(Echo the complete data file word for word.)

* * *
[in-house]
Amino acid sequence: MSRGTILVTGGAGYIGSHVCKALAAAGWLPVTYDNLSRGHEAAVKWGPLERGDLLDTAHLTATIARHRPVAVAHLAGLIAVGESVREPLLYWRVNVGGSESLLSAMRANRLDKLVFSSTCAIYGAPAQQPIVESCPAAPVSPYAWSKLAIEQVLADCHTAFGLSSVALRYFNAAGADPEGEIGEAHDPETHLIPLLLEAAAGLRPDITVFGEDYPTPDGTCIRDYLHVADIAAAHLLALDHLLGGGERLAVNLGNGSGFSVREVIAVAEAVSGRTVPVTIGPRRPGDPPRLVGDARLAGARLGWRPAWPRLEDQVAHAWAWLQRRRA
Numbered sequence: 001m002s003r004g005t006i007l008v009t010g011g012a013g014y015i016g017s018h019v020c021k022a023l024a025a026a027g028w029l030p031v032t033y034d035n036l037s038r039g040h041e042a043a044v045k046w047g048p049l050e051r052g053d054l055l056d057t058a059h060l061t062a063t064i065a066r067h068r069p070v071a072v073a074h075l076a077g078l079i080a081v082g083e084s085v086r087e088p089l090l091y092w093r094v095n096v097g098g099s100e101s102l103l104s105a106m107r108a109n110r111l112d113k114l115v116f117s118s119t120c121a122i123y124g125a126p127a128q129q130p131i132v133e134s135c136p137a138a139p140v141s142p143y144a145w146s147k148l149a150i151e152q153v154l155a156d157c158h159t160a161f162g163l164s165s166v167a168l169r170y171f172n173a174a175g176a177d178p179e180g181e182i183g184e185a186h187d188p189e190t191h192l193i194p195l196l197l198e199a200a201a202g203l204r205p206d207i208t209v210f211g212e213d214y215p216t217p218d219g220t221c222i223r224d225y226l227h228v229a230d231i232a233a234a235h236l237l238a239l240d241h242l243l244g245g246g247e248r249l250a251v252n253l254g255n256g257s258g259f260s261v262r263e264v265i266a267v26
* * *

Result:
[in-house]
Amino acid sequence: MSRGTILVTGGAGYIGSHVCKALAAAGWLPVTYDNLSRGHEAAVKWGPLERGDLLDTAHLTATIARHRPVAVAHLAGLIAVGESVREPLLYWRVNVGGSESLLSAMRANRLDKLVFSSTCAIYGAPAQQPIVESCPAAPVSPYAWSKLAIEQVLADCHTAFGLSSVALRYFNAAGADPEGEIGEAHDPETHLIPLLLEAAAGLRPDITVFGEDYPTPDGTCIRDYLHVADIAAAHLLALDHLLGGGERLAVNLGNGSGFSVREVIAVAEAVSGRTVPVTIGPRRPGDPPRLVGDARLAGARLGWRPAWPRLEDQVAHAWAWLQRRRA
Numbered sequence: 001m002s003r004g005t006i007l008v009t010g011g012a013g014y015i016g017s018h019v020c021k022a023l024a025a026a027g028w029l030p031v032t033y034d035n036l037s038r039g040h041e042a043a044v045k046w047g048p049l050e051r052g053d054l055l056d057t058a059h060l061t062a063t064i065a066r067h068r069p070v071a072v073a074h075l076a077g078l079i080a081v082g083e084s085v086r087e088p089l090l091y092w093r094v095n096v097g098g099s100e101s102l103l104s105a106m107r108a109n110r111l112d113k114l115v116f117s118s119t120c121a122i123y124g125a126p127a128q129q130p131i132v133e134s135c136p137a138a139p140v141s142p143y144a145w146s147k148l149a150i151e152q153v154l155a156d157c158h159t160a161f162g163l164s165s166v167a168l169r170y171f172n173a174a175g176a177d178p179e180g181e182i183g184e185a186h187d188p189e190t191h192l193i194p195l196l197l198e199a200a201a202g203l204r205p206d207i208t209v210f211g212e213d214y215p216t217p218d219g220t221c222i223r224d225y226l227h228v229a230d231i232a233a234a235h236l237l238a239l240d241h242l243l244g245g246g247e248r249l250a251v252n253l254g255n256g257s258g259f260s261v262r263e264v265i266a267v26